Woman on Texas death row loses federal appeal
A woman on Texas death row lost a federal court appeal Wednesday, moving her closer to execution for the fatal stabbing and bludgeoning of a 71-year-old neighbor during a robbery 15 years ago.
The New Orleans-based 5th U.S. Circuit Court of Appeals refused an appeal from Kimberly McCarthy, 51, a former nursing home therapist from Dallas County who is one of 10 women awaiting execution in Texas.
McCarthy was sentenced to die for the July 1997 killing of retired college professor Dorothy Booth at Booth's home in Lancaster, about 15 miles south of Dallas.
Evidence in the case revealed that McCarthy showed up at Booth's door pretending to borrow sugar and then attacked the woman with a metal candle holder and stabbed her at least five times with a knife. Booth's finger was cut off while she was still alive to remove her wedding ring, authorities said.
The ring was pawned for $200, and McCarthy drove Booth's Mercedes-Benz to a crack house to buy cocaine and used the woman's credit card at least four times, according to evidence in the case.
McCarthy was tried twice for the slaying, most recently in 2002. Her first conviction in 1998 was thrown out three years later by the Texas Court of Criminal Appeals, which ruled police violated her constitutional rights by using a statement she made to them after asking for a lawyer.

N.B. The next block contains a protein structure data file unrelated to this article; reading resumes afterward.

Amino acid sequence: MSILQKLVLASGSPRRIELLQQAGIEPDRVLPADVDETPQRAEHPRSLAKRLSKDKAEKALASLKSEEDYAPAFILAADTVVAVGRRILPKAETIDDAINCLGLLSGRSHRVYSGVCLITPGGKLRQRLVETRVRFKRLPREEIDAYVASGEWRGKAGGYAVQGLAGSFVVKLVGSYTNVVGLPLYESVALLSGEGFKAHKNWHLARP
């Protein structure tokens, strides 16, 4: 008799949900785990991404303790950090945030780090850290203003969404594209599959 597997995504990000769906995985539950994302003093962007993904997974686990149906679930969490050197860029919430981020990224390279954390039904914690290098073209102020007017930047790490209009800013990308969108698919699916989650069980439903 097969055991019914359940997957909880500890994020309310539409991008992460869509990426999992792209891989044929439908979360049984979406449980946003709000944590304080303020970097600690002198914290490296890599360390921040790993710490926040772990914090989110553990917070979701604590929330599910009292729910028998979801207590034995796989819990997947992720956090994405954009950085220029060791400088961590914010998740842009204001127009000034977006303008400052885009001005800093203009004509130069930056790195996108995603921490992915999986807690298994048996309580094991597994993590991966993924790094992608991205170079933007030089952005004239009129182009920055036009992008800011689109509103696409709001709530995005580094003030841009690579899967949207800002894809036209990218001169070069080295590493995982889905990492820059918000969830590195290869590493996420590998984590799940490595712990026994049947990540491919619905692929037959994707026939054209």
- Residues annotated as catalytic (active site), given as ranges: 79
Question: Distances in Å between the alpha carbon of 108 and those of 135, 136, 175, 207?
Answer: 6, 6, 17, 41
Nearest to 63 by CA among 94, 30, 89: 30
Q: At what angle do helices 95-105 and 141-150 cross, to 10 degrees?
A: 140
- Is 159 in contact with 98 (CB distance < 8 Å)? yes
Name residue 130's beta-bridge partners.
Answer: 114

In the appeal rejected Wednesday, McCarthy's attorneys contended her trial lawyers were deficient for not introducing into evidence at her punishment trial a statement she made to police acknowledging she was at the crime scene but blaming the killing on two men with her.
Her appeal also argued trial attorneys improperly allowed the daughter of her victim to be present in the courtroom as the trial unfolded. The daughter became distraught as crime scene photos were described in court and she had to be removed from the courtroom. McCarthy's lawyers then asked for a mistrial but the request was denied by the trial judge.
Prosecutors also presented DNA and fingerprint evidence that tied McCarthy to the similar slayings in 1988 of two other women, one 81 and the other 85. One of the victims was beaten with a metal meat tenderizer and stabbed, the other with both sides of a claw hammer and stabbed. McCarthy denied any involvement in the killings.
When initially sentenced to die in 1998, McCarthy became only the second Dallas County woman in the 20th century sent to death row. Since Texas resumed carrying out capital punishment in 1982, only three of the 482 convicted killers put to death have been women.
McCarthy does not yet have an execution date.
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